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Photo by Kunal Kalra on Unsplash

A slum is an urban colloquial settlement that is unfit for living. The areas, where the slums are located, are quite congested, as they are overcrowded. The conditions of the slum areas in cosmopolitan cities have degenerated to such an extent due to the high density of population that the people there hardly enjoy even the basic amenities. The lanes are narrow and the houses are a single room tenement, the people are deprived of natural resources like sunshine and air.

In these areas hygiene is not maintained, people use common latrines and water taps. Sometimes, 10 to 15 people live in the same room. These areas do not even have single rooms, they are thick clusters of small, shabby mud huts, the roofs and ceilings of which are made of gunny sacks, scraps of wood, metal or other waste material. The streets are narrow and the sewage water stagnates in open surface drains, which leads to bad smell. The children play in places where the drains are used as open latrines.

The rapid spread of the covid-19 (coronavirus disease 2019) has made social distancing and regular hand washing an important part of one’s life. Though, these measures can be exceptionally difficult to put into practice in these densely populated, informal urban settlements, where overcrowding makes the “two-metre separation rule” almost impossible to uphold. Today, around a billion people, i.e one-eighth of the population live in slums. These housing facilities tend to have inadequate ventilation, drainage and sewerage facilities here; diseases tend to spread easily.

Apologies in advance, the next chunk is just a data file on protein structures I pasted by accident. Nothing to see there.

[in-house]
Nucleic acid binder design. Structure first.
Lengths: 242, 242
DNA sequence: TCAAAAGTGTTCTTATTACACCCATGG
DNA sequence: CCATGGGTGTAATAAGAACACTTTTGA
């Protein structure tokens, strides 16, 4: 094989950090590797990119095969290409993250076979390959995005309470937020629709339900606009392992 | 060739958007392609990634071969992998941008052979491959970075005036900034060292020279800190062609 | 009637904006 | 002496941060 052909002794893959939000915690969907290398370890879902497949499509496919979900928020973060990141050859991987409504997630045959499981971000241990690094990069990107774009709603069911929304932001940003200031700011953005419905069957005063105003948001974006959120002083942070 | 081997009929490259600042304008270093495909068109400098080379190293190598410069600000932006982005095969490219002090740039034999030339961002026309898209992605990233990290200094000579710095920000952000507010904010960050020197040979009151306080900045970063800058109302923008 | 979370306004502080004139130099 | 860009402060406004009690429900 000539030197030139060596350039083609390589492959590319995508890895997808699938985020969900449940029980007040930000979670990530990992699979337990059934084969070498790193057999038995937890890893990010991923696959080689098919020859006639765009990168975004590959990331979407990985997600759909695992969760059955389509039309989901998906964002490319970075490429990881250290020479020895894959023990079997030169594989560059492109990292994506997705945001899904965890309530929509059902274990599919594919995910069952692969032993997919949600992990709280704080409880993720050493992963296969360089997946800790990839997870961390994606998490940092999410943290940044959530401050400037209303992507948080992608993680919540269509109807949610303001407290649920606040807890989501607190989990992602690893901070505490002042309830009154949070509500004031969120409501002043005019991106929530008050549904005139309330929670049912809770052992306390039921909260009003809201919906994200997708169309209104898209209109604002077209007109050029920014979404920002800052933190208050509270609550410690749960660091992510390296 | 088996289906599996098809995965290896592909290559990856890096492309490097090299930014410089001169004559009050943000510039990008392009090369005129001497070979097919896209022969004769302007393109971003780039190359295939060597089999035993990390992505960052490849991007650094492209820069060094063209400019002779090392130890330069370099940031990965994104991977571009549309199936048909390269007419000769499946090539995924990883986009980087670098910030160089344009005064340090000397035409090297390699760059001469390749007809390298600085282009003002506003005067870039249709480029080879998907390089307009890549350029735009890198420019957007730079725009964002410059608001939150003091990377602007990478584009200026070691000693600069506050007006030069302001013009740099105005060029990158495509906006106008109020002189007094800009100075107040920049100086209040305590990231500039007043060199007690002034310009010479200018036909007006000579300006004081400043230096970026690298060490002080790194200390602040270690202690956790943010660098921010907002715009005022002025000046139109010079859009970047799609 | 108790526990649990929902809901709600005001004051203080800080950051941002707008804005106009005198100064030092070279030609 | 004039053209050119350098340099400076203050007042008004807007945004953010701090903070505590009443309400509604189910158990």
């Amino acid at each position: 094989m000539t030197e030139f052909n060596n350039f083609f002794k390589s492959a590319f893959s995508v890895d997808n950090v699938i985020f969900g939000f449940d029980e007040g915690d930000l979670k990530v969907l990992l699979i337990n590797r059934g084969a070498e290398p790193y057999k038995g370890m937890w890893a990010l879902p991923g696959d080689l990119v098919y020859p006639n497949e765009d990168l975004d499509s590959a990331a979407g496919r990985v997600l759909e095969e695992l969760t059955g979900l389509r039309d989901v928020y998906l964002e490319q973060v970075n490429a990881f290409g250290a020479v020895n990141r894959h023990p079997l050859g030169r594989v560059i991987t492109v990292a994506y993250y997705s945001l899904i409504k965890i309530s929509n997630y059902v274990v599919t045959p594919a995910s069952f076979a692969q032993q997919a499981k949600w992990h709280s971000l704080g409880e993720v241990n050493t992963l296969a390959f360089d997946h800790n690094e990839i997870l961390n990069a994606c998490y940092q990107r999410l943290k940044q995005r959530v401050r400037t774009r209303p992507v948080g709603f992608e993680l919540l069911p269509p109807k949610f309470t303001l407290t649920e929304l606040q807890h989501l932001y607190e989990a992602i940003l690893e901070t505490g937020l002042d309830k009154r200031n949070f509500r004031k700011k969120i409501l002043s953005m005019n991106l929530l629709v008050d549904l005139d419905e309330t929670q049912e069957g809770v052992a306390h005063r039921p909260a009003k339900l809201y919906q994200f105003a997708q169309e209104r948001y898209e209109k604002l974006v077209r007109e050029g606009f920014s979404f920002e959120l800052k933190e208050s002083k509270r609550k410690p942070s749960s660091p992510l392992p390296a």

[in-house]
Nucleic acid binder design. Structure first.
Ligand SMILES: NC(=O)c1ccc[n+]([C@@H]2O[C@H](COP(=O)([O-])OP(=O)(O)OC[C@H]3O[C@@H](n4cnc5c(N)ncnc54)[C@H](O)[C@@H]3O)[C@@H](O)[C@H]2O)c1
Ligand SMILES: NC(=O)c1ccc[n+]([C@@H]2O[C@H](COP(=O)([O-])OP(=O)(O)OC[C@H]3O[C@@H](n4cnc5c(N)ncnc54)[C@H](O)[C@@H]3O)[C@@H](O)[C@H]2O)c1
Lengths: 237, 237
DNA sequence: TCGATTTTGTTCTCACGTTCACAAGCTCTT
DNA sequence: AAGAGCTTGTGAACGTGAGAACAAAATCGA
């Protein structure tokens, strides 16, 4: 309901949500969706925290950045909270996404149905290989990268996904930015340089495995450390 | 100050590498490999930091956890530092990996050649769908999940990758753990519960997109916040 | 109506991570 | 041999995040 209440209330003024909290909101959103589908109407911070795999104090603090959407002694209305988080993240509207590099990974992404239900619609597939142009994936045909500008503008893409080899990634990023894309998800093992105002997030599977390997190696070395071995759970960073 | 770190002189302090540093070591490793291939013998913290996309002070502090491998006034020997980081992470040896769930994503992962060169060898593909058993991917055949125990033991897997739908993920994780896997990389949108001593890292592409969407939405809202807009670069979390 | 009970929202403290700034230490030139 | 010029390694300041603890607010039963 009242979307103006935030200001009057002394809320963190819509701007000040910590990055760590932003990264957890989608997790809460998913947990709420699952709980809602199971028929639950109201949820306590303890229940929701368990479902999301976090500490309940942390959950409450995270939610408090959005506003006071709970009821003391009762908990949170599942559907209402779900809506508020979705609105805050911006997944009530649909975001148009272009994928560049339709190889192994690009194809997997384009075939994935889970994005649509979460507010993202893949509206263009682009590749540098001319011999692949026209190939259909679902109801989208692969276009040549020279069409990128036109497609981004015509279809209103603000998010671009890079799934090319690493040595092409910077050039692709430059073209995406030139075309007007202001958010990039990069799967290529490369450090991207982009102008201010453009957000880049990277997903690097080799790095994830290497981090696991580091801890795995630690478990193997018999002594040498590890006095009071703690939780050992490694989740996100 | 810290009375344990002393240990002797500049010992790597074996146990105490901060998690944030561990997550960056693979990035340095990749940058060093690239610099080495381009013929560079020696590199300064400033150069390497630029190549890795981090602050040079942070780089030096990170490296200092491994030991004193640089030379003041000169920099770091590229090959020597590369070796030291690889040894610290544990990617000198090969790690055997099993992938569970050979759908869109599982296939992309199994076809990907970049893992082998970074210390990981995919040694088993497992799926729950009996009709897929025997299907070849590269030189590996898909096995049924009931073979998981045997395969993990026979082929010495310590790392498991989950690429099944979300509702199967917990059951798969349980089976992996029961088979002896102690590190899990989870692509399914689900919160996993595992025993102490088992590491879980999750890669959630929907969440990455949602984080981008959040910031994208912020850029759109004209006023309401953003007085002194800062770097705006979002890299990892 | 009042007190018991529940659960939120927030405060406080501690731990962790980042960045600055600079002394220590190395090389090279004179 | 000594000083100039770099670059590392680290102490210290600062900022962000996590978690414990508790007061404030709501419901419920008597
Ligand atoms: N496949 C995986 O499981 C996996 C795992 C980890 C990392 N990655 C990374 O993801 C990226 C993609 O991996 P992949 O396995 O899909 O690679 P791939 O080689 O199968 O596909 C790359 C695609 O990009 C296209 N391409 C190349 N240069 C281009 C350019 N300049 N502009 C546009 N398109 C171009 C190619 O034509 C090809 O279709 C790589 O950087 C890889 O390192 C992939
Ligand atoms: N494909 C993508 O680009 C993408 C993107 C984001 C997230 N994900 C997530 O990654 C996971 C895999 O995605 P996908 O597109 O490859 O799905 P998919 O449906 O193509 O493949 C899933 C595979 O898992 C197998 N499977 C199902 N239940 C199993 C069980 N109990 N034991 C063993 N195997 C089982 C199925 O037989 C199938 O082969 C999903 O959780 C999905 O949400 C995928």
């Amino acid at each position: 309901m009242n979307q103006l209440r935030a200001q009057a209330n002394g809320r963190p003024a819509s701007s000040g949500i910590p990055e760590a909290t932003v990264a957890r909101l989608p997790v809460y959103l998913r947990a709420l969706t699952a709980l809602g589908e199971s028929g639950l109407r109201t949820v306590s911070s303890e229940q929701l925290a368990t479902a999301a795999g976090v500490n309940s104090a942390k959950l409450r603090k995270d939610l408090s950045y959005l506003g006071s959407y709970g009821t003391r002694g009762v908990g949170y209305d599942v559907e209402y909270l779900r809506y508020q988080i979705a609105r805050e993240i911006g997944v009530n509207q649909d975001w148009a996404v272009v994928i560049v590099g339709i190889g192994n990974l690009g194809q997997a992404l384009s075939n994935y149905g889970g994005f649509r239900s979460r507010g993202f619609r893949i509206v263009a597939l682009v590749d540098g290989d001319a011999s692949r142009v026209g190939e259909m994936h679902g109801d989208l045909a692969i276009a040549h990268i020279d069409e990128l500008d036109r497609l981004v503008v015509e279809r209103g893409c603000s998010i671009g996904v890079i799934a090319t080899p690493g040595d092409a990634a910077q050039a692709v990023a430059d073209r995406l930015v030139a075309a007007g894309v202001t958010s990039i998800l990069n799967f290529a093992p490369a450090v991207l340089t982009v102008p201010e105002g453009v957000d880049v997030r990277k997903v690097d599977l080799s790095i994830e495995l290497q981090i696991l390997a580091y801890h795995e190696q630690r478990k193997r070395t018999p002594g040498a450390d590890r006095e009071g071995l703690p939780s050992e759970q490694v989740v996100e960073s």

Moreover, being able to practice actions like social distancing is a privilege for the one’s who can afford the space and a work-life that allows it. Many slum residents survive hand-to-mouth, which brings them into close contact with people, and they simply cannot stop working because of the coronavirus pandemic. Dharavi, which is one of the largest slums of Asia, was a Covid-19 hotspot. Most of the inhabitants of the slums can’t be beneficiaries to government schemes. Only a few slums are recognized by Govt. and conditions in unrecognized slums are even worse. The little medical facilities which are available in slums is provided by the NGOs.

Increasing rural to urban migration is another concern. Poor planning of cities, increasing population, high cost of living in urban areas are promoting slum culture. Poverty and lack of job opportunities in rural areas are the push factors of migration. The politicians use these slum inhabitants as their vote banks. They give fake promises of improving the living conditions, this encourages slums. Slum removal and relocation made slum inhabitants homeless and moved them further away from their workplaces. The Government of India has launched ‘National Urban Health Mission‘ to improve the health care facilities for the urban poor. They have allocated budget to replace the crowded slums with 2 crore homes. India has also implemented ‘slum upgrading‘ in a few recognized slums. Some of the strategies have proved to be successful. Slum upgrading has improved slum’s living conditions. Legitimizing slums and improving job opportunities in rural as well as in urban areas and affordable housing in urban areas. Besides improving the living conditions in slums, the causes of slum formation need to be addressed. Express your opinions about slums and the transformation of the slums into better places to live in through the comment section below.

Contributed By- Vishakha Vijay Changedia, Content Writer at Mitti Ke Rang

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